Dhammapada (Illustrated)

by Ven. Weagoda Sarada Maha Thero | 1993 | 341,201 words | ISBN-10: 9810049382 | ISBN-13: 9789810049386

This page describes The Story of Venerable Radha which is verse 76 of the English translation of the Dhammapada which forms a part of the Sutta Pitaka of the Buddhist canon of literature. Presenting the fundamental basics of the Buddhist way of life, the Dhammapada is a collection of 423 stanzas. This verse 76 is part of the Paṇḍita Vagga (The Wise) and the moral of the story is “Associate with wise persons who like treasure-revealers show your faults constructively”.

Verse 76 - The Story of Venerable Rādha

Pali text, illustration and English translation of Dhammapada verse 76:

nidhinaṃ'va pavattāraṃ yaṃ passe vajjadassinaṃ |
niggayhavādiṃ medhāviṃ tādisaṃ paṇḍitaṃ bhaje |
tādisaṃ bhajamānassa seyyo hoti na pāpiyo || 76 ||

76. Should one a man of wisdom meet who points out faults and gives reproof, who lays a hidden treasure bare, with such a sage should one consort. Consorting so is one enriched and never in decline.

Treasure The Advice Of The Wise‌‌
Associate with wise persons who like treasure-revealers show your faults constructively.

The Story of Venerable Rādha

While residing at the Jetavana Monastery, the Buddha spoke this verse, with reference to Monk Rādha, who was at one time a poor old brāhmin.

Rādha was a poor brāhmin who stayed in the monastery doing small services for the monks. For his services he was provided with food and clothing and other needs, but was not encouraged to join the Sangha, although he had a strong desire to become a monk.

One day, early in the morning, when the Buddha surveyed the world with his supernormal power, he saw the poor brāhmin in his vision and knew that he was due for arahatship. So the Buddha went to the old man, and learned from him that the monks of the monastery did not want him to join the Sangha. The Buddha therefore called all the monks to him and asked them, “Is there any monk here who recollects any good turn done to him by this old man?” To this question, Venerable Sāriputta replied, “Venerable, I do recollect an instance when this old man offered me a spoonful of rice.” “If that be so,” the Buddha said, “shouldn’t you help your benefactor to get liberated from the ills of life?” Then Venerable Sāriputta agreed to make the old man a monk and he was duly admitted to the Sangha. Venerable Sāriputta guided the old monk and he strictly followed his guidance. Within a few days, the old monk attained arahatship.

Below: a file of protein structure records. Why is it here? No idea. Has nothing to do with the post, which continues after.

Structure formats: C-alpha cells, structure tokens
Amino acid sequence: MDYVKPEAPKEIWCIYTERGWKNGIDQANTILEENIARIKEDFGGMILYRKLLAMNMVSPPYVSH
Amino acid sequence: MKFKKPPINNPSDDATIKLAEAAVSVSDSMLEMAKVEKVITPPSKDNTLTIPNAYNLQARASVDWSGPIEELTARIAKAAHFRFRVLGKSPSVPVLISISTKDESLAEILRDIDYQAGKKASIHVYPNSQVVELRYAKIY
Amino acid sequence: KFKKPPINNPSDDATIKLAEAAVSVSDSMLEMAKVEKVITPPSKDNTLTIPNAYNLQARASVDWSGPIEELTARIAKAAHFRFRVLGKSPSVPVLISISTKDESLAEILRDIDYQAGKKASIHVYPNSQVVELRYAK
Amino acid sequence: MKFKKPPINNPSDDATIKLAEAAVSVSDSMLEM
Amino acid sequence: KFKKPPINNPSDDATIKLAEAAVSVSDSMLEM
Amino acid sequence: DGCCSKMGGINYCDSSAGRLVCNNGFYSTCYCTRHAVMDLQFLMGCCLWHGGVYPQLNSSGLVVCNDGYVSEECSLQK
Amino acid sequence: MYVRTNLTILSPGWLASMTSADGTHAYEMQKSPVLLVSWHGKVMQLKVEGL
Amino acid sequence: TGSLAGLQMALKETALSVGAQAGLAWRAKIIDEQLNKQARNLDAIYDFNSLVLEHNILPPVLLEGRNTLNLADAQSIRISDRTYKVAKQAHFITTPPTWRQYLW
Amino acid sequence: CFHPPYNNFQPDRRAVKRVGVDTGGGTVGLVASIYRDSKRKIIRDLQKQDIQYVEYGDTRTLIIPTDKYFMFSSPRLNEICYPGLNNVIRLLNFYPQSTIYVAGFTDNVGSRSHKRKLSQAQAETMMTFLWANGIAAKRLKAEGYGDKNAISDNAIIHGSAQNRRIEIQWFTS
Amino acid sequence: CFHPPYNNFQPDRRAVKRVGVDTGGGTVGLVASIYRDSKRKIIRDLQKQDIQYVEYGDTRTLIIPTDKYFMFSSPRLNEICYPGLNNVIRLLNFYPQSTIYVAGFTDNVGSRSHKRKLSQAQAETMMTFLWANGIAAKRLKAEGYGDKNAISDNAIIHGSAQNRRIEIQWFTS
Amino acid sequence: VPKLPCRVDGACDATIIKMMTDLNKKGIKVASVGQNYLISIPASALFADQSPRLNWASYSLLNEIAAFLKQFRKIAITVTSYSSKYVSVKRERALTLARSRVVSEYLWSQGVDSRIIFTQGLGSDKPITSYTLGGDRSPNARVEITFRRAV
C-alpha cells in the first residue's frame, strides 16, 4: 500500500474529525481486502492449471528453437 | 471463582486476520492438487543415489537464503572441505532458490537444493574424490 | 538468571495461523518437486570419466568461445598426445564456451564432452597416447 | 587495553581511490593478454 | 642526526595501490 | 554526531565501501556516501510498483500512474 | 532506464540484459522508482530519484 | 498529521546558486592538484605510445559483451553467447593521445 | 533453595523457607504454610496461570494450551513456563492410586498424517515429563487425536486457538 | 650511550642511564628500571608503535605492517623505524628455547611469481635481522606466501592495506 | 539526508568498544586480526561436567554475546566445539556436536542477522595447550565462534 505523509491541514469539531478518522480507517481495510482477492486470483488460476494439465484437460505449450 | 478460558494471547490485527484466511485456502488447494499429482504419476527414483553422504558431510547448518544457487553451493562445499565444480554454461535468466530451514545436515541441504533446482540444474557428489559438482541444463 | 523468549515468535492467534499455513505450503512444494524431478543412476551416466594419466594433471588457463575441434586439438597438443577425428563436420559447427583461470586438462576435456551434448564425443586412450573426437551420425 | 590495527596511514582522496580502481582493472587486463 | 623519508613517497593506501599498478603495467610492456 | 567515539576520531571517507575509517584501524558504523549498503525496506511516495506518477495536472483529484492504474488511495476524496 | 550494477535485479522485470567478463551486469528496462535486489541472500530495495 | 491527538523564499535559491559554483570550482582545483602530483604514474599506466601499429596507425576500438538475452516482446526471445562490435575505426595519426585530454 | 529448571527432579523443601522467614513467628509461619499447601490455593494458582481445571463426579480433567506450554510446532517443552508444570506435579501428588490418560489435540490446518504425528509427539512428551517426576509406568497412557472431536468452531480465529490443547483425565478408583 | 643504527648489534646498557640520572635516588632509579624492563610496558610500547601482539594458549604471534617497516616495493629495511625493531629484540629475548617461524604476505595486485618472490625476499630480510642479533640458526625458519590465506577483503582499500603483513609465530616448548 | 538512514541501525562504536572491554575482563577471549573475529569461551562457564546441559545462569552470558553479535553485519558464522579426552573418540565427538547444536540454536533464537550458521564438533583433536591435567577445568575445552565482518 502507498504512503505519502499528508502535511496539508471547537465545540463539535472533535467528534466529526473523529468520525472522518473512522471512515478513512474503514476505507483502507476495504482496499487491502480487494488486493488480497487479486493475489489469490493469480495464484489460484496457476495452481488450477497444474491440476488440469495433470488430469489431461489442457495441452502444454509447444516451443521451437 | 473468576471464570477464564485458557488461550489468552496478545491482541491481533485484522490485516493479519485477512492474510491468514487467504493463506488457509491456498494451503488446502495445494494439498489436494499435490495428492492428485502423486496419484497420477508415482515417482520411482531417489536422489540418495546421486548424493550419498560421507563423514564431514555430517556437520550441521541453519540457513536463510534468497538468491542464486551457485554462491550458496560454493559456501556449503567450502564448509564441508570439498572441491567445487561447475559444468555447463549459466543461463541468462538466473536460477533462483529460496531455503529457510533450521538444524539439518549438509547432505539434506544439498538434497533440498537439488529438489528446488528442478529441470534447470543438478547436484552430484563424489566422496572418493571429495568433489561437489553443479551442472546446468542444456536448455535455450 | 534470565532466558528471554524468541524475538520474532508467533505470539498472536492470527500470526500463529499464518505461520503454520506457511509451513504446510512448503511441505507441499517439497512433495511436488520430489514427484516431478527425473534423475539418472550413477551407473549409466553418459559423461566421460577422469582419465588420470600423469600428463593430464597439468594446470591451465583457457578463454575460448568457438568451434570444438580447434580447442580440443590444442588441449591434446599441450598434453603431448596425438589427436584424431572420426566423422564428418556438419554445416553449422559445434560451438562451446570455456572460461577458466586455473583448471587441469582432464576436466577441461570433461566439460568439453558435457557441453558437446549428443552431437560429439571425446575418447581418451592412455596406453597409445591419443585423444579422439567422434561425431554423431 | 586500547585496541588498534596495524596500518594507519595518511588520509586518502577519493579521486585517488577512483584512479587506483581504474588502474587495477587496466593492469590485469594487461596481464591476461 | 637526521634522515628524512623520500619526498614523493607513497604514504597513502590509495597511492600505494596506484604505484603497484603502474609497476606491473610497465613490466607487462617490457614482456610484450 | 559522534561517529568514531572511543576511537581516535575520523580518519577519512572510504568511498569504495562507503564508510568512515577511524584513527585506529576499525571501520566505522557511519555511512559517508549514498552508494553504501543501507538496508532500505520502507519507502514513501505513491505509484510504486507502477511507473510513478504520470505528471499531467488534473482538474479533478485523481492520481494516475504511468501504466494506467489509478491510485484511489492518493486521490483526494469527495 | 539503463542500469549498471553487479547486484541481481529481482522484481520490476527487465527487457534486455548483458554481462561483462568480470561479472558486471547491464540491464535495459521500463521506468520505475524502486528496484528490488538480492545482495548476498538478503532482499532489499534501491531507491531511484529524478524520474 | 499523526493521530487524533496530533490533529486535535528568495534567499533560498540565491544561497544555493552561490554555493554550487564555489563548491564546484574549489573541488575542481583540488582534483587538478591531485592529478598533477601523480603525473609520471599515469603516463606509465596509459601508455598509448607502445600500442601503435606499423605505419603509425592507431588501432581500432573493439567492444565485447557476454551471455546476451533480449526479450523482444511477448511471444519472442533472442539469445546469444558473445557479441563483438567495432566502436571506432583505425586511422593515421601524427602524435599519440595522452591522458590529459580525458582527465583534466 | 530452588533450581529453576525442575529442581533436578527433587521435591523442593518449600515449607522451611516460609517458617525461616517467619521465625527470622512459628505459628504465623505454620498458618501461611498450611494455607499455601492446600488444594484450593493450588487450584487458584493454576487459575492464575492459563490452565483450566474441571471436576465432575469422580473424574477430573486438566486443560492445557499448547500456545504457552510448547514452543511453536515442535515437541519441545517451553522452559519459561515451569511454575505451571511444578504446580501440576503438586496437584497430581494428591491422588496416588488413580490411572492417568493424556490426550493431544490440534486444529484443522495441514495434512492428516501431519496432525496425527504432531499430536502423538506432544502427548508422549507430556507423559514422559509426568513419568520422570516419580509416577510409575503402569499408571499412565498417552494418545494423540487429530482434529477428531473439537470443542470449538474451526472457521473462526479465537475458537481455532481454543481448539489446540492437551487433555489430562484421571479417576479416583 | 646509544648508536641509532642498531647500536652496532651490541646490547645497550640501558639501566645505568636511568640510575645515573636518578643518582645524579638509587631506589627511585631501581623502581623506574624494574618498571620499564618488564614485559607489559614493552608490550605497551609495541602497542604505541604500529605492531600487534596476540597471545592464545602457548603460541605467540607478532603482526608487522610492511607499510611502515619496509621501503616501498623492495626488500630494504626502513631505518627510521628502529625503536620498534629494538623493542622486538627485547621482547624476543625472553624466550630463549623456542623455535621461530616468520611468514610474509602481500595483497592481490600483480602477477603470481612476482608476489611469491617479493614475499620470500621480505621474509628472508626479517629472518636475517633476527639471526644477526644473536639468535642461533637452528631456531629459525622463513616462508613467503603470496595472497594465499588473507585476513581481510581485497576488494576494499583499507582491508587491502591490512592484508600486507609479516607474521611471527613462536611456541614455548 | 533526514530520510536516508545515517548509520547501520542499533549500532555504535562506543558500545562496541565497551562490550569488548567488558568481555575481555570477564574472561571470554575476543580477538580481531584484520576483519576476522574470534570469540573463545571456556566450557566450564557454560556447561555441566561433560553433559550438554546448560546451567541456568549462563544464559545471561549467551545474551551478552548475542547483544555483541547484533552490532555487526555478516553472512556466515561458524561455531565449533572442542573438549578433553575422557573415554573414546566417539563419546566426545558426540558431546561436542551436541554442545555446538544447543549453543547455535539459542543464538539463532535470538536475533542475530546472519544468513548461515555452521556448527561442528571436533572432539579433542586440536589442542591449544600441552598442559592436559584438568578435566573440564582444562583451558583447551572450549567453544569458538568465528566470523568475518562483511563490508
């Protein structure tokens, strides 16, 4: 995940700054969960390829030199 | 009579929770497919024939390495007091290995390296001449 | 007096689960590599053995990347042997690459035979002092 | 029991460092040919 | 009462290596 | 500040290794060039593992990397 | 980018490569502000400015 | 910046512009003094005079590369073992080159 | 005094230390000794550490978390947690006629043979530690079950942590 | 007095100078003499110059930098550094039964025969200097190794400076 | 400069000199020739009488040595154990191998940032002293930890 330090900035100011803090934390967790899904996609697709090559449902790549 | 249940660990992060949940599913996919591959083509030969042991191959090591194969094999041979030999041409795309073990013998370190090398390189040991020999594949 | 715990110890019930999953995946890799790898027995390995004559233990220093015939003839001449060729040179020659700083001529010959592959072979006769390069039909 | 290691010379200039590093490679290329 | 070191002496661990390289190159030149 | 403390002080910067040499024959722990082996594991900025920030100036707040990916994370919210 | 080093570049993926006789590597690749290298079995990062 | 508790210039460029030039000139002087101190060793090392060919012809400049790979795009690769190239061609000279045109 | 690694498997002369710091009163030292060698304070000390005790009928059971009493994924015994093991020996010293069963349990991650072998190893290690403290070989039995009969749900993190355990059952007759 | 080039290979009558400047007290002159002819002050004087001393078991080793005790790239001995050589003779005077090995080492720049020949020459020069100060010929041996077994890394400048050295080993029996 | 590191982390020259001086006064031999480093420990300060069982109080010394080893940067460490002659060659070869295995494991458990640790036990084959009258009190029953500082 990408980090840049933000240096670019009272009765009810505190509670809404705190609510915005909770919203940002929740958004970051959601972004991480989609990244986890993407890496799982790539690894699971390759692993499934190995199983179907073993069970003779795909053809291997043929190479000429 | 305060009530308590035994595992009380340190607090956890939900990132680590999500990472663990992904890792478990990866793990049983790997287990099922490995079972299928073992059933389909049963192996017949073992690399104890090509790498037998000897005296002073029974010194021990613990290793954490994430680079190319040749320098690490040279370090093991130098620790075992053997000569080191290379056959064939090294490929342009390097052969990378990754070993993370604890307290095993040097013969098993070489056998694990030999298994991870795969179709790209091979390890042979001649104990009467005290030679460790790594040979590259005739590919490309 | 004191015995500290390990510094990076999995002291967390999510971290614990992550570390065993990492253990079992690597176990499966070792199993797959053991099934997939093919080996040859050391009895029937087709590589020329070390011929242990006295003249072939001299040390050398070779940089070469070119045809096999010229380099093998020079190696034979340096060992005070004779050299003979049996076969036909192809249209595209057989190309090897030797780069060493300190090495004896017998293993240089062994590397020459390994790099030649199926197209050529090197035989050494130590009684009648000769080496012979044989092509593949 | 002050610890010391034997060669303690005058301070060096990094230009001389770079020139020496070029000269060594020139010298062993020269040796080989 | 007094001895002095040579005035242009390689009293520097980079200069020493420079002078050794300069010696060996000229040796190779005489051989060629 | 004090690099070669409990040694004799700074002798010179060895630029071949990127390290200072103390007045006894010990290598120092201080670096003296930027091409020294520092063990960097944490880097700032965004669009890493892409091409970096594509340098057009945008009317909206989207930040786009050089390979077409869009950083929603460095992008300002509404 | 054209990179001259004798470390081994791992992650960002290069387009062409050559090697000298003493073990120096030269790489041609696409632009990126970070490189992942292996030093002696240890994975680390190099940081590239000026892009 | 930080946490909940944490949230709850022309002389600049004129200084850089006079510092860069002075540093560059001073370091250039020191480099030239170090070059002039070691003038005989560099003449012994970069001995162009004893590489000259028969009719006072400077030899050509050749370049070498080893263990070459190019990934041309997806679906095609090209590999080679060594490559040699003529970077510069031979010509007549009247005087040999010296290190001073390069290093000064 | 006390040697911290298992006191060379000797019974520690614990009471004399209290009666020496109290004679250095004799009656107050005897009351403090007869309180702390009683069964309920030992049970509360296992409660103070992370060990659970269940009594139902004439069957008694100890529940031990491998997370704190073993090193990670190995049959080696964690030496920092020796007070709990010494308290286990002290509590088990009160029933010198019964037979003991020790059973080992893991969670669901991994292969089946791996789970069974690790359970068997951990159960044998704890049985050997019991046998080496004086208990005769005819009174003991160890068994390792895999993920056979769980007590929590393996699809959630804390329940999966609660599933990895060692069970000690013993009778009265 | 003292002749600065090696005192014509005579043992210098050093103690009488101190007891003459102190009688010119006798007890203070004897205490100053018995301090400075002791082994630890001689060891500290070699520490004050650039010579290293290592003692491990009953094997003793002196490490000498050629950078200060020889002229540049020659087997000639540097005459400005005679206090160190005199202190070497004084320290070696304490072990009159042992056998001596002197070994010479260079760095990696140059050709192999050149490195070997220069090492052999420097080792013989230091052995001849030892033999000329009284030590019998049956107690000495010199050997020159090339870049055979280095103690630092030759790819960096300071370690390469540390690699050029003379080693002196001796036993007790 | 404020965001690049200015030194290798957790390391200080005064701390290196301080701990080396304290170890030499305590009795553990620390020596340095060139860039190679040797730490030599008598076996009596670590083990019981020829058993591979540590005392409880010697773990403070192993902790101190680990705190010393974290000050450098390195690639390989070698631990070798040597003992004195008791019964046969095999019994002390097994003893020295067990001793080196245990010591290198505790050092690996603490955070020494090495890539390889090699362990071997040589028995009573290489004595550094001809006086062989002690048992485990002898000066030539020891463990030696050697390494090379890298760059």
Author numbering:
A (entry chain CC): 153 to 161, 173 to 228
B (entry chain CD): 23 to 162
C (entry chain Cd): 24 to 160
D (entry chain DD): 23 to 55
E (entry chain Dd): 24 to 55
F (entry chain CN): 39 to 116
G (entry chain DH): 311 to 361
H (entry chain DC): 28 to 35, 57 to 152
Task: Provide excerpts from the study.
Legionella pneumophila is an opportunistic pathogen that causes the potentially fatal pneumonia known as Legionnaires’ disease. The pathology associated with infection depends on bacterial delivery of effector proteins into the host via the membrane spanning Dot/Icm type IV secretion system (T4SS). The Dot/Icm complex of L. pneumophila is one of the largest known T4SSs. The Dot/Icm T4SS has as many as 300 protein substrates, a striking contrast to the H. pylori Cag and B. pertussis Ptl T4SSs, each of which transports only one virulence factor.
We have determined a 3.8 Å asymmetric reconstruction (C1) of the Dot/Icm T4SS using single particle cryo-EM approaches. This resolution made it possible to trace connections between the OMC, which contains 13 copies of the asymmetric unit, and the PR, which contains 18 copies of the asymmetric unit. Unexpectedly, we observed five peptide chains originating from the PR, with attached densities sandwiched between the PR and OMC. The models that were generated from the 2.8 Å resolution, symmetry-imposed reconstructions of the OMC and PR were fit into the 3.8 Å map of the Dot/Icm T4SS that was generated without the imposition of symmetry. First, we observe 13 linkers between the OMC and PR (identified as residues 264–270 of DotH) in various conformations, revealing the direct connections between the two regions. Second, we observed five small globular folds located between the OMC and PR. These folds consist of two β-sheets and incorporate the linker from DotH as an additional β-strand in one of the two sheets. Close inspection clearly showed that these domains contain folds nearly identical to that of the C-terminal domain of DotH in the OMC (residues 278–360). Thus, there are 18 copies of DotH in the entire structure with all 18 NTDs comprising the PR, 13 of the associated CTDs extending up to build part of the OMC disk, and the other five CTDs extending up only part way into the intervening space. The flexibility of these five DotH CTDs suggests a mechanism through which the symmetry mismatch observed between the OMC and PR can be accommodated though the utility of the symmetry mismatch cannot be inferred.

When the Buddha next came to see the monks, they reported to him how strictly the old monk followed the guidance of Venerable Sāriputta. To them, the Buddha replied that a monk should be amenable to guidance like Rādha and should not resent when rebuked for any fault or failing.

Said the Buddha, “Venerable Sāriputta was, in a previous life, the solitary elephant which presented the pure white elephant his son to the carpenters, in recognition of the service they did him in healing his foot.” Having said thus about Venerable Sāriputta, he said, with reference to Venerable Rādha, “Monks, when a fault is pointed out to a monk, he ought to be amenable to discipline like Rādha and when he is admonished, he should not take offence.”

Explanatory Translation (Verse 76)

vajjadassinaṃ niggayhavādiṃ medhāviṃ yaṃ
nidhīnaṃ pavattāraṃ iva passe tādisaṃ paṇḍitaṃ
bhaje tādisaṃ bhajamānassa seyyo hoti pāpiyo na

vajjadassinaṃ [vajjadassina]: who indicates errors; niggayhavādiṃ [niggayhavādi]: who admonishes but constructively; medhāviṃ [medhāvi]: wise; yaṃ: who; nidhīnaṃ pavattāraṃ iva: like a treasure-revealer; passe: discovers; tādisaṃ [tādisa]: such; paṇḍitaṃ [paṇḍita]: a wise person; bhaje: one should associate; tādisaṃ [tādisa]: such a person; bhajamānassa: to an individual who associates; seyyo [seyya]: good; hoti: will happen; pāpiyo [pāpiya]: evil; na: will not happen

If one discovers a wise person who points one’s errors and sternly corrects one, he should be looked upon as a benign revealer of a treasure. His company should be sought. Such association would make better persons of men.

Commentary and exegetical material (Verse 76)

vajjadassinaṃ niggayhavādiṃ: one who picks out faults; one who reproves. These two qualities are offered as the characteristics of a person who criticizes constructively. There are those who point out faults and reprove, with the intention of insulting a person. But in this stanza the constructive critics are meant. They of course highlight faults and reprove, but their intention is different. They go about these activities like ‘revealers of treasures.’ Who could describe a ‘treasure-revealer’ as a person who insults? That kind of guide will enable the learner to realize for himself the inner personality treasures he possesses, and will make him an adept in proper conduct, so that he can progress satisfactorily along the path to realization.

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